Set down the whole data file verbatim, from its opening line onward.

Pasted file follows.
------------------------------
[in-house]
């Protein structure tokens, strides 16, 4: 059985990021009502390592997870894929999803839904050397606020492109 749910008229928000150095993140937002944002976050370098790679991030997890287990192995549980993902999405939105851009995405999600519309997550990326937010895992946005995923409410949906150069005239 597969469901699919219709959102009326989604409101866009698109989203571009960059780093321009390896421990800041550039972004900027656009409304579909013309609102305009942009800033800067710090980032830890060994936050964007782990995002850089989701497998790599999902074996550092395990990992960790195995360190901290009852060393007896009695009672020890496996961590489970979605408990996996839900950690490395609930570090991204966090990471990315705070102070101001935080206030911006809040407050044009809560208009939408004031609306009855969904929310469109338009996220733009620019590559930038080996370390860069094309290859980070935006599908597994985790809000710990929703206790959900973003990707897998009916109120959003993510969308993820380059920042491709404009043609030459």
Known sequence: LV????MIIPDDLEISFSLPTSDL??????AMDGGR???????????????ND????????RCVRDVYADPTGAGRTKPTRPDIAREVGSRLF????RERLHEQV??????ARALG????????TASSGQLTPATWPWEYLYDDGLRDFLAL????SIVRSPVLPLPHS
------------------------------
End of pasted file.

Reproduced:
[in-house]
């Protein structure tokens, strides 16, 4: 059985990021009502390592997870894929999803839904050397606020492109 749910008229928000150095993140937002944002976050370098790679991030997890287990192995549980993902999405939105851009995405999600519309997550990326937010895992946005995923409410949906150069005239 597969469901699919219709959102009326989604409101866009698109989203571009960059780093321009390896421990800041550039972004900027656009409304579909013309609102305009942009800033800067710090980032830890060994936050964007782990995002850089989701497998790599999902074996550092395990990992960790195995360190901290009852060393007896009695009672020890496996961590489970979605408990996996839900950690490395609930570090991204966090990471990315705070102070101001935080206030911006809040407050044009809560208009939408004031609306009855969904929310469109338009996220733009620019590559930038080996370390860069094309290859980070935006599908597994985790809000710990929703206790959900973003990707897998009916109120959003993510969308993820380059920042491709404009043609030459």
Known sequence: LV????MIIPDDLEISFSLPTSDL??????AMDGGR???????????????ND????????RCVRDVYADPTGAGRTKPTRPDIAREVGSRLF????RERLHEQV??????ARALG????????TASSGQLTPATWPWEYLYDDGLRDFLAL????SIVRSPVLPLPHS